Making iMovie Trailers to Learn about Plants in Science Class
Teachers are always in search of cool ideas to add to their lessons. I cannot remember a time in my 25 plus years of teaching that I wasn’t looking for something new to grab the interest of my students. How can learning be both fun and meaningful? This is a battle I see teachers struggle with every year, no matter the subject area or the age of the students. Often teachers are looking for ways to assess students other than using traditional tests. Are projects the answer? What about doing a presentation? Is there time in the schedule to teach the content and create the projects or productions? The struggle is real. For many teachers they are driven by standards and time restraints. So when I come across a program that has withstood time by evolving to meet the needs of its user, I cannot help but share how it is used. The program I am referring to is iMovie.
Evolution of iMovie: Originally designed in 1999, iMovie has gone through numerous transformations. The program itself has had over 20 version updates and redesigns for the Mac and 9 for iOS. Apple is continually adapting the program to meet the ever growing needs of the public. The program has full versions for formal movie making productions as well as what I call mini-versions for quick trailer and movie presentations.
Computer? Mobile Device? Both? Trailer? Movie? Deciding the platform is the first step in iMovie production. Do you want formal editing and high quality movie production? If so, you want to work on a Mac. Do you want a fun movie trailer with a template to follow? If that is the case, you want to do a trailer on a mobile device. A cool aspect that iMovie now has it that you can transfer between both! You can start on a phone or iPad and airdrop to another device. So if you want to use it in your class, you need to think about what devices the students will use. Check out this link to learn more about the program options: Apple iMovie site
How a 6th Grade Science Teacher Used iMovie in Class: Jane Settle, a 6th grade science teacher at Porter-Gaud School, has over 20 years of teaching experience. She is one of those teachers who is always looking for ways to reach her students and share her love of learning. I offered iMovie training and she was one of the first to enroll. She shared that she has wanted to use iMovie in class because she has seen other teachers use the program and has heard so much positive feedback about the process. I met with Ms. Settle and we went through the differences between movies and trailers. I shared templates and we played with the program. Ms. Settle’s excitement was contagious! I found myself wanting to be a student in her class and complete the project she was designing!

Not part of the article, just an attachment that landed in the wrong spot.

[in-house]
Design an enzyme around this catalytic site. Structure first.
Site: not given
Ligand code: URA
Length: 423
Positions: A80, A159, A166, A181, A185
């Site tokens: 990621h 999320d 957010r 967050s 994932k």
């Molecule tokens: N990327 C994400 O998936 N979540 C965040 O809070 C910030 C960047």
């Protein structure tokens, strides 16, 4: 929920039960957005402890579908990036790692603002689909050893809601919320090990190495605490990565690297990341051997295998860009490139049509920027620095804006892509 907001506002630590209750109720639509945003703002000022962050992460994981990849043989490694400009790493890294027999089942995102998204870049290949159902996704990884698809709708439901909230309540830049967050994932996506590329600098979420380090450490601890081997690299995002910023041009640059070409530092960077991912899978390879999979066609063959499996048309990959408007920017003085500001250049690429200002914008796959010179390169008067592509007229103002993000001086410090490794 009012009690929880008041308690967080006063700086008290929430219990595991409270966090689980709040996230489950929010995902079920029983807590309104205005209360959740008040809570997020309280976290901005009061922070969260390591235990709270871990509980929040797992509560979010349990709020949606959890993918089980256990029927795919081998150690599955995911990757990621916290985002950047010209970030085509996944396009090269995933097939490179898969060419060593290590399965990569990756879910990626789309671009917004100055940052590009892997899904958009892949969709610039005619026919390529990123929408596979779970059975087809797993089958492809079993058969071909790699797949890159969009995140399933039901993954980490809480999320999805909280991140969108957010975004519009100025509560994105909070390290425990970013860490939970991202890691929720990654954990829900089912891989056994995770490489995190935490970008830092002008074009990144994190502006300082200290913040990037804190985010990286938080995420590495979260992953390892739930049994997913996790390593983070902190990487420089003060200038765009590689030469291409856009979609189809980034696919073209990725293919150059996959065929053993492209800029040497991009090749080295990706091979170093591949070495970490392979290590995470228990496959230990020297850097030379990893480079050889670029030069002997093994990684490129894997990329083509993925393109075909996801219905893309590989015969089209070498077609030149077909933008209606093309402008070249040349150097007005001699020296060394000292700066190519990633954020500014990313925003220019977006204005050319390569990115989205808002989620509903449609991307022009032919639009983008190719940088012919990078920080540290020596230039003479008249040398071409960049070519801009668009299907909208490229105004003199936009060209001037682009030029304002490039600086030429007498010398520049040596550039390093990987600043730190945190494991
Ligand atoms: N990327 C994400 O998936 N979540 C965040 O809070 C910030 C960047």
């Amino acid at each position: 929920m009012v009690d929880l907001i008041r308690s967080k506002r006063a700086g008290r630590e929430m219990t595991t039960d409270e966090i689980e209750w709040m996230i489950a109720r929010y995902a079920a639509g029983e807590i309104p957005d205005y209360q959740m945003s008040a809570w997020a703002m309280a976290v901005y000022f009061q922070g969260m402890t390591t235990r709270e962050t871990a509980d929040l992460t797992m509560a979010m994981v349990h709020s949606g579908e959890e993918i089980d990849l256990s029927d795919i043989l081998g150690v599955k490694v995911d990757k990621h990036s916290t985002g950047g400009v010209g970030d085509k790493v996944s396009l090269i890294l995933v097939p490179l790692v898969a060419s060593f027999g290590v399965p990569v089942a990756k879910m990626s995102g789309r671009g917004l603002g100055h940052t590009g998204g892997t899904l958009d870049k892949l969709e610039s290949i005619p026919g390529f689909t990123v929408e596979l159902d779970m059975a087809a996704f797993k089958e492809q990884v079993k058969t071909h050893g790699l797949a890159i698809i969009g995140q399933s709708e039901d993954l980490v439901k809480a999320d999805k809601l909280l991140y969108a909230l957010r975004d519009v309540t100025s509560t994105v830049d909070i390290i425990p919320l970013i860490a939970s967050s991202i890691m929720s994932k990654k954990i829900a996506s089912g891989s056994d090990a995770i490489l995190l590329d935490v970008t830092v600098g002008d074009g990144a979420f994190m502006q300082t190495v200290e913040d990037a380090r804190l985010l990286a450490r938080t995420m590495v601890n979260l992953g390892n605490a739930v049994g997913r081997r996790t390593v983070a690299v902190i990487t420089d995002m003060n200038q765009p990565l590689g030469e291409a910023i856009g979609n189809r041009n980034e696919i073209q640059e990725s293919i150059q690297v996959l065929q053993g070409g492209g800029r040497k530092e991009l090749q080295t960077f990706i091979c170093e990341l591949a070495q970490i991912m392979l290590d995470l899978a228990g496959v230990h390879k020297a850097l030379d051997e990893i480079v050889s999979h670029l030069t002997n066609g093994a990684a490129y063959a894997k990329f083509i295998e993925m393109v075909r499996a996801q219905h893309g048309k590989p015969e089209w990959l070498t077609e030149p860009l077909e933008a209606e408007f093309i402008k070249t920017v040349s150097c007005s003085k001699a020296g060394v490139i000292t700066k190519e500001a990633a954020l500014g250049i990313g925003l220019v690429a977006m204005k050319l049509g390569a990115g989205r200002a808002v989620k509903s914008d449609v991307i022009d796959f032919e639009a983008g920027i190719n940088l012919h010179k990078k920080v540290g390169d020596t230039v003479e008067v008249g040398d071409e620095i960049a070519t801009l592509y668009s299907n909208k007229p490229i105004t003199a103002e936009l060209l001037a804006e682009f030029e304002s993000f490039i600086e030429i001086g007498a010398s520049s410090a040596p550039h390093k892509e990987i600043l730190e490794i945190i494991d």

The Science Activity: The students in 6th grade science class were learning about plants and Ms. Settle decided that creating an iMovie trailer was a great introduction tool for this unit.
- First, she used the Notability app to let students rank their choices based on personal interest. Students brainstormed plants that fit in the following categories: food, medicine, building, clothing, paper/art, and aesthetics.
- From there the students ranked their top 3 choices of plants and shared the rankings with Ms. Settle. Grouping was done based on interest. Students were put in groups of two or three. An occasional student was allowed to work individually if there was no shared interest and he/she was passionate about a specific plant.
- Ms. Settle chose four trailer templates for the students to use for the projects. She did this because she did not want the students to take too much time on choosing and she wanted the theme to match the content. She felt four of the themes were appropriate. Students then were given the template for planning purposes. (Here are the templates for you to use: PDF iMovie Trailer Planners.) Students were held individually accountable by the work that was written on the template.
- The template was turned in and was used along with the rubric for assessment.
- The topics for the template included the name of plant, how the plant was grown, where the plant was grown, how the plant is harvested, and how products are made and used.
- The template allowed for the students to create an outline and plan the video before videoing the content. Once the template was created, videos and pictures were shot and imported in the program.
- After the video trailer was complete, the students practiced their presentation skills and shared it with the class.
Students were introduced to and learned so much about plants such as quinine, cacao, Madagascar periwinkle, Venus fly trap, bamboo, oak, sugarcane, papyrus, spices, pacific yew and more! The enthusiasm and excitement from the iMovie trailers was the perfect introduction to the plant unit!
I consider iMovie to be a timeless tool for students and teachers! I am sure I will be sharing more iMovie ideas in the future!
Until then- love what you do and do what you love!